After a three weeks business trip to Japan, the director of JCE came back with a very odd souvenir. ‘Japanese Stroopwafels!’
As it turns out these stroopwafels are part of a bigger project of the government of Saga prefecture. In an effort to rekindle interest in the history of Saga prefecture, and it’s relationship with the Netherlands, they have set up a temporary cultural institute called Holland House.
Around the time of the Meiji restoration, Saga was at the forefront of modernization in Japan. This was in great part due to their closer relationship of exchanging knowledge and expertise with the Netherlands. With this new initiative, Saga prefecture is determined to revitalize this sense of cooperation between the two countries, apply the knowledge from Dutch people in Saga, and introduce these Dutch ideas to the rest of Japan.
These stroopwafels are the results of a segment of this bigger project. Last year local bakers from Saga went to Japan Festival in Amstelveen to introduce ‘Marubouro’, the signatory sweet of Saga prefecture, to the Netherlands. As it turns out this cookie itself might have originated from a Dutch recipe for ‘Eierkoeken’ that came from a Dutchman living in Nagasaki about 300 years ago. This recipe was the modified slightly to better suit the Japanese taste, and became the cookie that it is today.
While in Amsterdam, the bakers also got acquaintanced with the famous bakery ‘Lanskroon’, the owner of which would later be invited to Saga. Once in Saga, he gave the confectioners of Saga multiple baking lessons about Dutch confections such as; ‘stroopwafels’ and ‘appeltaart’, culminating in this new take on a Dutch confection.
I, of course, got to taste test some. All the right ingredients are here, two waffles with syrup in between, but I wouldn’t immediately have guessed that this was intended to be a stroopwafel without being told so. The waffles are thinner and firmer, and the taste of the syrup is somewhat more subdued and less sweet. The surface of the cookie also seems somehow more oily than buttery if that makes sense. While stroopwafels normally are very filling, this cookie was much lighter, I think it would’ve gone well with some ice cream.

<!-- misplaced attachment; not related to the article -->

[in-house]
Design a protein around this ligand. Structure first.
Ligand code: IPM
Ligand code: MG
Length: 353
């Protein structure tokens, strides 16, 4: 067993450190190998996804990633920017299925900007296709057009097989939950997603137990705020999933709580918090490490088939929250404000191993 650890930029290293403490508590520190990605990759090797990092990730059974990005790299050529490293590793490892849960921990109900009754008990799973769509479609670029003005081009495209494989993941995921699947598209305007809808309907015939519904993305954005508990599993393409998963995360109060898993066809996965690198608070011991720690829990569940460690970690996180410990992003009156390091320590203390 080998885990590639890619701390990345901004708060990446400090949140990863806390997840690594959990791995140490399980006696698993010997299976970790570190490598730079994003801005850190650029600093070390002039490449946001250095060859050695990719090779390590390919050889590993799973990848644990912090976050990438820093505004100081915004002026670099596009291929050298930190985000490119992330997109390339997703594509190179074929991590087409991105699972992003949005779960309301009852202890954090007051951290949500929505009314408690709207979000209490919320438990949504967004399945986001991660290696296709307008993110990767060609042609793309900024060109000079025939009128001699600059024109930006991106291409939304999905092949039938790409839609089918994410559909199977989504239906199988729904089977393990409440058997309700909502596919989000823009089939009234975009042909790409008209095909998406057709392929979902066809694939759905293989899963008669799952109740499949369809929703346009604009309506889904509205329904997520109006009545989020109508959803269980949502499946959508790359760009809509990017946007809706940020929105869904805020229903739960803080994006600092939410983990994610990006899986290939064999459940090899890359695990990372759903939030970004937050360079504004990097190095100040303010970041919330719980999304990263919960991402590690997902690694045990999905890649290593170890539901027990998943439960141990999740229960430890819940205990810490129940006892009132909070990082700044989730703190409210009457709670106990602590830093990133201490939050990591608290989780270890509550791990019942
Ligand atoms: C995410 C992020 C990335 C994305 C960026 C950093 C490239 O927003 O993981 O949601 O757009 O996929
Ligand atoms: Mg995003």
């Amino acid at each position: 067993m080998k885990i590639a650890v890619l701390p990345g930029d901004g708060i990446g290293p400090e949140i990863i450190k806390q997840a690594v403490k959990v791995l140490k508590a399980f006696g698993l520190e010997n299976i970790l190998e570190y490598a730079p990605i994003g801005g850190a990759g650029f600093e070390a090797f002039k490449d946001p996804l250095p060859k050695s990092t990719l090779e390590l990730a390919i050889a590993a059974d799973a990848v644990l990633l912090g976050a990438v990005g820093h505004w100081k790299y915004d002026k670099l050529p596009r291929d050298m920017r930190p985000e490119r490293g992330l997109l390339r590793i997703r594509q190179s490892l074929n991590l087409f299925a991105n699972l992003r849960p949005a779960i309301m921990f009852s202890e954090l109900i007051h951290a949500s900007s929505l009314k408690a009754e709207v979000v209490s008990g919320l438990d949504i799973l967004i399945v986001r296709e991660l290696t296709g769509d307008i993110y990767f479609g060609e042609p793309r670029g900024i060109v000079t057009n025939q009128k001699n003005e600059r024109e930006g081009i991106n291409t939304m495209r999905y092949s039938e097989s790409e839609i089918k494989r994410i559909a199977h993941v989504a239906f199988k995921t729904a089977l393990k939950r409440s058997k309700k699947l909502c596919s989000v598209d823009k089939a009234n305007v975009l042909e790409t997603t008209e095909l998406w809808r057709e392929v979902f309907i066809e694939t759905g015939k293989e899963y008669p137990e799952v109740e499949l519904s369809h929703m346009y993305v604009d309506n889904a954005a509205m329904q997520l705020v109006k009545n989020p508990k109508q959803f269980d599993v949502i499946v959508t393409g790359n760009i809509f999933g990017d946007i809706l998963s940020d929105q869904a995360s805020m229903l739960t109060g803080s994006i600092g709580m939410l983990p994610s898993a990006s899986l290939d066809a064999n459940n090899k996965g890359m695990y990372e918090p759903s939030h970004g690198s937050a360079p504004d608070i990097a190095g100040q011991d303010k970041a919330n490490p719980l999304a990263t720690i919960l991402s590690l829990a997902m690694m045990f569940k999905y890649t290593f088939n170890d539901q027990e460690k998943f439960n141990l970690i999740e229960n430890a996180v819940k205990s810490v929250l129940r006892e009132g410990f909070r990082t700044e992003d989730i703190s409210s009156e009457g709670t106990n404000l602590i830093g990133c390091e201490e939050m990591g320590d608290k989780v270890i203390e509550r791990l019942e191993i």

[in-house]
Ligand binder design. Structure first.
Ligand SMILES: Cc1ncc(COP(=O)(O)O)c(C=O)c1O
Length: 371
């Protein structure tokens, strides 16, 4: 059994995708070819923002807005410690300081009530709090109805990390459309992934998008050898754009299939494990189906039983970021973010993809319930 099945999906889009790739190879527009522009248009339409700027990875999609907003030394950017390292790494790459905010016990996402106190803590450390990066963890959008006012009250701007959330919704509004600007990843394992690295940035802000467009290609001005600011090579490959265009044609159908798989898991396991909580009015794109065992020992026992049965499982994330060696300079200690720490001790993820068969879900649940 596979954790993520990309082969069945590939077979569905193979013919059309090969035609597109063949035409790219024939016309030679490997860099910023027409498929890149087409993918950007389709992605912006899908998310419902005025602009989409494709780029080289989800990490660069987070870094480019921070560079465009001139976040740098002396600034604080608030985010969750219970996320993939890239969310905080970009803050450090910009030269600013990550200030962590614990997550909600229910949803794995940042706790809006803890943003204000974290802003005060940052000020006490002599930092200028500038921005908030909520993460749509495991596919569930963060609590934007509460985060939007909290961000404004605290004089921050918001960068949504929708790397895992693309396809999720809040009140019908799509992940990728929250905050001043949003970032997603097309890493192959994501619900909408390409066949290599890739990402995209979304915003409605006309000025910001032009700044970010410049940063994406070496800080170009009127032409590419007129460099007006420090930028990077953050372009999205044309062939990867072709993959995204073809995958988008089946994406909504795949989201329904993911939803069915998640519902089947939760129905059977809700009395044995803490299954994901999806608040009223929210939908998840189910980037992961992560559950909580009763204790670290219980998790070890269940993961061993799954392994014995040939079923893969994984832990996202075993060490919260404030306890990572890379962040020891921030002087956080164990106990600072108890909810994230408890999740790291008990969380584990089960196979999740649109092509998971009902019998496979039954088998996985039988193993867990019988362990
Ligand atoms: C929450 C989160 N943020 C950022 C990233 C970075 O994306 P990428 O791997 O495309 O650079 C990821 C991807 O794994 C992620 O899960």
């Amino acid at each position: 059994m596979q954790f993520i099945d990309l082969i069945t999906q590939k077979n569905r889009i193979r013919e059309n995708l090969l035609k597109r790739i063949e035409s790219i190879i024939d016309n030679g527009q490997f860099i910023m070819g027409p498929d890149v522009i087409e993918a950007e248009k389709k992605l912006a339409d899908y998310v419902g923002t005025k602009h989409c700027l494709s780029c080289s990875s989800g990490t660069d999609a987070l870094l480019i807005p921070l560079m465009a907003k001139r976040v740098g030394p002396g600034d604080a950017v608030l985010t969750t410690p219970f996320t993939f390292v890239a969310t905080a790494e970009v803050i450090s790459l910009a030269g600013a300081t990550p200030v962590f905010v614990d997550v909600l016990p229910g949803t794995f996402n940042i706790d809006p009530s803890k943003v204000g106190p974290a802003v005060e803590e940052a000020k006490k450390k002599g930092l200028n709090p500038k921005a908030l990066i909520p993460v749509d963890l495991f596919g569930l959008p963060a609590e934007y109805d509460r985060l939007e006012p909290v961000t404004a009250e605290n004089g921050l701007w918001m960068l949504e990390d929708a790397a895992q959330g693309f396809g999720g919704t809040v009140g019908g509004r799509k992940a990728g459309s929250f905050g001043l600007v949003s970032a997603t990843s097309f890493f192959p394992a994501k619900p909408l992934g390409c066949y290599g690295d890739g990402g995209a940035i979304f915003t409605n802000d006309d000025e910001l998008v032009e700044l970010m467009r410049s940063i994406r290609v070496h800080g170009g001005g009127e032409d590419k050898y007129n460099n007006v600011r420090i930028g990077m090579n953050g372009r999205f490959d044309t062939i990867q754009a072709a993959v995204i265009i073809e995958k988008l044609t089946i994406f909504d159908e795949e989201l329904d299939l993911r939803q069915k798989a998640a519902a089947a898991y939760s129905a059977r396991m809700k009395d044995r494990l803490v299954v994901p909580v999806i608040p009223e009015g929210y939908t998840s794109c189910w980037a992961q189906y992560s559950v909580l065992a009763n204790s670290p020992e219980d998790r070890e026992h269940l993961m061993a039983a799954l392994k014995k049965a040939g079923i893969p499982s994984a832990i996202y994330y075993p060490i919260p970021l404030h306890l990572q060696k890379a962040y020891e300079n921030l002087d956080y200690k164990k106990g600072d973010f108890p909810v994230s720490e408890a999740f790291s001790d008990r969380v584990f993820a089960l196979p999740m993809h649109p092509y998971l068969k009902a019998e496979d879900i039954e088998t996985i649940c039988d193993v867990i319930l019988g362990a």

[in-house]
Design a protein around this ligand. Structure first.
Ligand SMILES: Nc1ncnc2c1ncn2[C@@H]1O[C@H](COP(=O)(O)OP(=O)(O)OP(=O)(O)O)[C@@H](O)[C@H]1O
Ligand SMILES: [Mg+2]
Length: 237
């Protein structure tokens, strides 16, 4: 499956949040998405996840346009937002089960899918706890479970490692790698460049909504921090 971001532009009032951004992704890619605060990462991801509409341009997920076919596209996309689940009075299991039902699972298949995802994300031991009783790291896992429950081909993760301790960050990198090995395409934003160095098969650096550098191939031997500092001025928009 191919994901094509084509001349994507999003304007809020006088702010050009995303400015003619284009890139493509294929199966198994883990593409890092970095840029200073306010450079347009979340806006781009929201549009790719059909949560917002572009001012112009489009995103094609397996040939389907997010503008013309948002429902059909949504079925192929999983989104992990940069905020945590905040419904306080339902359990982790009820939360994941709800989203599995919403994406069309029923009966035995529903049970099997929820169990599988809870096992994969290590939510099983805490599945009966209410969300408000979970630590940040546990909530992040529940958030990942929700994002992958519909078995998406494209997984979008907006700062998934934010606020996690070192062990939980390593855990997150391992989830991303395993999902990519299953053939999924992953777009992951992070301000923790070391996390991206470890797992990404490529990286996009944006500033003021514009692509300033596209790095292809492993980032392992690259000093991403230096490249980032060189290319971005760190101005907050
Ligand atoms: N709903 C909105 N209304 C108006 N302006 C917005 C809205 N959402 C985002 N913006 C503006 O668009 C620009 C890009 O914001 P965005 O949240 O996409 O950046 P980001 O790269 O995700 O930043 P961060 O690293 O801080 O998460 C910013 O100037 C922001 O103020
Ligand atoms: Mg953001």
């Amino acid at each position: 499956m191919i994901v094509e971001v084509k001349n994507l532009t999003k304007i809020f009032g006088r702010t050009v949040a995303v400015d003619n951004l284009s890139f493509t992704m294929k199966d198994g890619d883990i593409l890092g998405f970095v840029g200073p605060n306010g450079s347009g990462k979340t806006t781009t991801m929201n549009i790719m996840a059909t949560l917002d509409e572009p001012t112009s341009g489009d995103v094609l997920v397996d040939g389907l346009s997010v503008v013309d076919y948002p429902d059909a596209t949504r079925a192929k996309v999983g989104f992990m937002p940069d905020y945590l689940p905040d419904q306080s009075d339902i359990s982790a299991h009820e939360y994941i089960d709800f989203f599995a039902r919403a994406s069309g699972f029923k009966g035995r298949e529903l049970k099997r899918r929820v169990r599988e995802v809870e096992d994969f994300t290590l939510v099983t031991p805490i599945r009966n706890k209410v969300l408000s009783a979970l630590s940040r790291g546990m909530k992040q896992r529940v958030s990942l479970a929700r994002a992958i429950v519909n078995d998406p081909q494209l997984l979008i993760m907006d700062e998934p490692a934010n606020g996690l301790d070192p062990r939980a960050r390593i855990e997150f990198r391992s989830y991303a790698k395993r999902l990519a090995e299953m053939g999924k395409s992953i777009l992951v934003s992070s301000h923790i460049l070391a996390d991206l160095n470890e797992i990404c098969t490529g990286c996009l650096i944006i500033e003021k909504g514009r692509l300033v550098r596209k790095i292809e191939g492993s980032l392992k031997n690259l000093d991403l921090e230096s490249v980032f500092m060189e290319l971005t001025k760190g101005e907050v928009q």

That’s not to say that I didn’t like this take on the stroopwafel, on the contrary! However, it’s like by taking a Dutch idea, the Japanese bakers invented a new kind of cookie. In that way, it is similar to how the original recipe for eierkoeken was changed slightly to turn into marubouro. It makes me think of how we have many western takes on Japanese foods that must be very different from their original versions. I don’t think I’ve tasted many foreign takes on Dutch food, so this sensation is quite new to me. It makes me wonder what a Japanese take on ‘Boterkoek’ or a ‘Bokkepoot’ would be like. I would really like to taste test that!
Holland House was opened for visitors on March 16th, and will close on the 14th of January in 2019. The range of what can be experienced there is not limited to these stroopwafels, but also includes exhibitions and events about Dutch ideas on design, art, architecture, water management, lifestyle, etc. Please visit their website to learn more; https://expo.saga-hizen150.com/en/venue/holland/, and if you happen to come to Japan in the coming months, please also consider visiting Saga prefecture and Holland House!